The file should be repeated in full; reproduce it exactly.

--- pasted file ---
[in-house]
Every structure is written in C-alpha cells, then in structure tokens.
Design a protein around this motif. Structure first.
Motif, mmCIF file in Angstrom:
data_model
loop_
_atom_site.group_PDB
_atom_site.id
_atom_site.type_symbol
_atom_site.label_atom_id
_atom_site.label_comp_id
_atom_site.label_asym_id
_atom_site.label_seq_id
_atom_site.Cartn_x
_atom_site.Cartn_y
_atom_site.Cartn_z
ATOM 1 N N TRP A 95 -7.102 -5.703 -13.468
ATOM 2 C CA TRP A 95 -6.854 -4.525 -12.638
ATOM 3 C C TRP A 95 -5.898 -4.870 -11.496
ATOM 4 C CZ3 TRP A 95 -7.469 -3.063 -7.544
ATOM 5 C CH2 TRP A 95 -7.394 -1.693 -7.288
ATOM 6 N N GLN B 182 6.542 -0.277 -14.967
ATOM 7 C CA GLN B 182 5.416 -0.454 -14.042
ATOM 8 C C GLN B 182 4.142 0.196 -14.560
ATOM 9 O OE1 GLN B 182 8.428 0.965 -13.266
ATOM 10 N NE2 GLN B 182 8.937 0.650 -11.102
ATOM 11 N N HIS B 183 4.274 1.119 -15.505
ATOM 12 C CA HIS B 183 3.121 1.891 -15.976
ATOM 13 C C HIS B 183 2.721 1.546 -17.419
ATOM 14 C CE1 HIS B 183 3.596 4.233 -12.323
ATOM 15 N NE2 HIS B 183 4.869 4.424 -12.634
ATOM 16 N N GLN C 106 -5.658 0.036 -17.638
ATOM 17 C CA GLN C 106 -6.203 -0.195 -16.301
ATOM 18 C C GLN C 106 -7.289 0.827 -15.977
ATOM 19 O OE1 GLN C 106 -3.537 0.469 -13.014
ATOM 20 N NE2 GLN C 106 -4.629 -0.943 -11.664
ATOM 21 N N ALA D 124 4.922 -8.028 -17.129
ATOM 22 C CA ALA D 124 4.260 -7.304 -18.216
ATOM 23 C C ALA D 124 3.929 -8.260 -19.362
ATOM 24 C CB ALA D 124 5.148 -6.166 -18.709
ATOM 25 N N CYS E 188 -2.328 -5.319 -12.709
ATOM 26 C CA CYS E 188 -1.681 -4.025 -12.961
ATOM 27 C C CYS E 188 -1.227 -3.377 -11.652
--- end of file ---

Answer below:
[in-house]
Every structure is written in C-alpha cells, then in structure tokens.
Design a protein around this motif. Structure first.
Motif, mmCIF file in Angstrom:
data_model
loop_
_atom_site.group_PDB
_atom_site.id
_atom_site.type_symbol
_atom_site.label_atom_id
_atom_site.label_comp_id
_atom_site.label_asym_id
_atom_site.label_seq_id
_atom_site.Cartn_x
_atom_site.Cartn_y
_atom_site.Cartn_z
ATOM 1 N N TRP A 95 -7.102 -5.703 -13.468
ATOM 2 C CA TRP A 95 -6.854 -4.525 -12.638
ATOM 3 C C TRP A 95 -5.898 -4.870 -11.496
ATOM 4 C CZ3 TRP A 95 -7.469 -3.063 -7.544
ATOM 5 C CH2 TRP A 95 -7.394 -1.693 -7.288
ATOM 6 N N GLN B 182 6.542 -0.277 -14.967
ATOM 7 C CA GLN B 182 5.416 -0.454 -14.042
ATOM 8 C C GLN B 182 4.142 0.196 -14.560
ATOM 9 O OE1 GLN B 182 8.428 0.965 -13.266
ATOM 10 N NE2 GLN B 182 8.937 0.650 -11.102
ATOM 11 N N HIS B 183 4.274 1.119 -15.505
ATOM 12 C CA HIS B 183 3.121 1.891 -15.976
ATOM 13 C C HIS B 183 2.721 1.546 -17.419
ATOM 14 C CE1 HIS B 183 3.596 4.233 -12.323
ATOM 15 N NE2 HIS B 183 4.869 4.424 -12.634
ATOM 16 N N GLN C 106 -5.658 0.036 -17.638
ATOM 17 C CA GLN C 106 -6.203 -0.195 -16.301
ATOM 18 C C GLN C 106 -7.289 0.827 -15.977
ATOM 19 O OE1 GLN C 106 -3.537 0.469 -13.014
ATOM 20 N NE2 GLN C 106 -4.629 -0.943 -11.664
ATOM 21 N N ALA D 124 4.922 -8.028 -17.129
ATOM 22 C CA ALA D 124 4.260 -7.304 -18.216
ATOM 23 C C ALA D 124 3.929 -8.260 -19.362
ATOM 24 C CB ALA D 124 5.148 -6.166 -18.709
ATOM 25 N N CYS E 188 -2.328 -5.319 -12.709
ATOM 26 C CA CYS E 188 -1.681 -4.025 -12.961
ATOM 27 C C CYS E 188 -1.227 -3.377 -11.652